Skip to main content
Chemistry LibreTexts

Intermolecular Forces

  • Page ID
  • \( \newcommand{\vecs}[1]{\overset { \scriptstyle \rightharpoonup} {\mathbf{#1}} } \) \( \newcommand{\vecd}[1]{\overset{-\!-\!\rightharpoonup}{\vphantom{a}\smash {#1}}} \)\(\newcommand{\id}{\mathrm{id}}\) \( \newcommand{\Span}{\mathrm{span}}\) \( \newcommand{\kernel}{\mathrm{null}\,}\) \( \newcommand{\range}{\mathrm{range}\,}\) \( \newcommand{\RealPart}{\mathrm{Re}}\) \( \newcommand{\ImaginaryPart}{\mathrm{Im}}\) \( \newcommand{\Argument}{\mathrm{Arg}}\) \( \newcommand{\norm}[1]{\| #1 \|}\) \( \newcommand{\inner}[2]{\langle #1, #2 \rangle}\) \( \newcommand{\Span}{\mathrm{span}}\) \(\newcommand{\id}{\mathrm{id}}\) \( \newcommand{\Span}{\mathrm{span}}\) \( \newcommand{\kernel}{\mathrm{null}\,}\) \( \newcommand{\range}{\mathrm{range}\,}\) \( \newcommand{\RealPart}{\mathrm{Re}}\) \( \newcommand{\ImaginaryPart}{\mathrm{Im}}\) \( \newcommand{\Argument}{\mathrm{Arg}}\) \( \newcommand{\norm}[1]{\| #1 \|}\) \( \newcommand{\inner}[2]{\langle #1, #2 \rangle}\) \( \newcommand{\Span}{\mathrm{span}}\)\(\newcommand{\AA}{\unicode[.8,0]{x212B}}\)

    Intermolecular forces are the attractive or repulsive forces between molecules. They are separated into two groups; short range and long range forces. Short range forces happen when the centers of the molecules are separated by three angstroms (10-8 cm) or less. Short range forces tend to be repulsive, where the long range forces that act outside the three angstroms range are attractive. Long range forces are also known as Van der Waals forces. They are responsible for surface tension, friction, viscosity and differences between actual behavior of gases and that predicted by the ideal gas law. Intermolecular forces are responsible for most properties of all the phases. The viscosity, diffusion, and surface tension are examples of physical properties of liquids that depend on intermolecular forces. Vapor pressure, critical point, and boiling point are examples of properties of gases. Melting and sublimation are examples of properties of solids that depend on intermolecular forces.

    • Hydrogen Bonding
      A hydrogen bond is a special type of dipole-dipole attraction which occurs when a hydrogen atom bonded to a strongly electronegative atom exists in the vicinity of another electronegative atom with a lone pair of electrons. These bonds are generally stronger than ordinary dipole-dipole and dispersion forces, but weaker than true covalent and ionic bonds.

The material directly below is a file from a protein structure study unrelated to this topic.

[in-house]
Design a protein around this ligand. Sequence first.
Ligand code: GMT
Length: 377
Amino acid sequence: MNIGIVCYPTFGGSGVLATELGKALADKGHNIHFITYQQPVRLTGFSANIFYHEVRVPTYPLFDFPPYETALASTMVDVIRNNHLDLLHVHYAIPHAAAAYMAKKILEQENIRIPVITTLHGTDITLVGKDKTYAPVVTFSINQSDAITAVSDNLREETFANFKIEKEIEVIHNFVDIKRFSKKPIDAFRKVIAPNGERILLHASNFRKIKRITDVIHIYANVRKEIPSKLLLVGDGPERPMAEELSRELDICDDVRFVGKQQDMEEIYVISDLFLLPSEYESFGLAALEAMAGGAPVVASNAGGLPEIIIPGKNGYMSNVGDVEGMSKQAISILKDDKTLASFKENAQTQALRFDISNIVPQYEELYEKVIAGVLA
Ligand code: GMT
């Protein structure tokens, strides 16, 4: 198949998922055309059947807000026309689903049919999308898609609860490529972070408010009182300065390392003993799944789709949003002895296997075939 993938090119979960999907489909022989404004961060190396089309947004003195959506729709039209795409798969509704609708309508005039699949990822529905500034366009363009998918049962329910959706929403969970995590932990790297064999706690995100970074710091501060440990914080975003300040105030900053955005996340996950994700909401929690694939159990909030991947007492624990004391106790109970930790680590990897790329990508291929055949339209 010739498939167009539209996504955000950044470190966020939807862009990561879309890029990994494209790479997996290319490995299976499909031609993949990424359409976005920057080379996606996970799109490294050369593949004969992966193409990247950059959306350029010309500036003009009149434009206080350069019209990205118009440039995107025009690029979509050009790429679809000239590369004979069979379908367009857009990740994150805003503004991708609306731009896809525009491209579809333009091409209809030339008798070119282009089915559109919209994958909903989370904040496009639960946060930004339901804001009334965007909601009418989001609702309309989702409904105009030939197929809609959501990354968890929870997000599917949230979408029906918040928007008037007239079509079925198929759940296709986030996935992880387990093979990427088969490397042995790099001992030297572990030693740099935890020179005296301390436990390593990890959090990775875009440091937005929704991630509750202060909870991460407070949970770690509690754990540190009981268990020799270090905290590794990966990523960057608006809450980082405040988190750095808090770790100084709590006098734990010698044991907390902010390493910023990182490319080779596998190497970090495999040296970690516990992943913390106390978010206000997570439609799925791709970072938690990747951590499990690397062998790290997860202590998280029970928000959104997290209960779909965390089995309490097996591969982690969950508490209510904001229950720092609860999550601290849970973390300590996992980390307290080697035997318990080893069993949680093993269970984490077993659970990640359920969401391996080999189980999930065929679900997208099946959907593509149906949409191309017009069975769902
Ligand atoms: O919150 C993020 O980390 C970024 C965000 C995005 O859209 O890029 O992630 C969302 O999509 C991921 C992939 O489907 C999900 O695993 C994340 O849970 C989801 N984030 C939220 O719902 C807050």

• Hydrophobic Interactions
      Hydrophobic interactions describe the relations between water and hydrophobes (low water-soluble molecules). Hydrophobes are nonpolar molecules and usually have a long chain of carbons that do not interact with water molecules. The mixing of fat and water is a good example of this particular interaction. The common misconception is that water and fat doesn’t mix because the Van der Waals forces that are acting upon both water and fat molecules are too weak.
    • Multipole Expansion
      A multipole expansion is a series expansion of the effect produced by a given system in terms of an expansion parameter which becomes small as the distance away from the system increases. Therefore, the leading one or terms in a multipole expansion are generally the strongest. The first-order behavior of the system at large distances can therefore be obtained from the first terms of this series, which is generally much easier to compute than the general solution.
    • Overview of Intermolecular Forces
      Intermolecular forces are forces between molecules. Depending on its strength, intermolecular forces cause the forming of three physical states: solid, liquid and gas. The physical properties of melting point, boiling point, vapor pressure, evaporation, viscosity, surface tension, and solubility are related to the strength of attractive forces between molecules. These attractive forces are called Intermolecular Forces.
    • Specific Interactions
      Intermolecular forces are forces of attraction or repulsion which act between neighboring particles (atoms, molecules or ions). They are weak compared to the intramolecular forces, which keep a molecule together (e.g., covalent and ionic bonding).
    • Van der Waals Forces
      Van der Waals forces' is a general term used to define the attraction of intermolecular forces between molecules. There are two kinds of Van der Waals forces: weak London Dispersion Forces and stronger dipole-dipole forces.

    Intermolecular Forces is shared under a not declared license and was authored, remixed, and/or curated by LibreTexts.

    • Was this article helpful?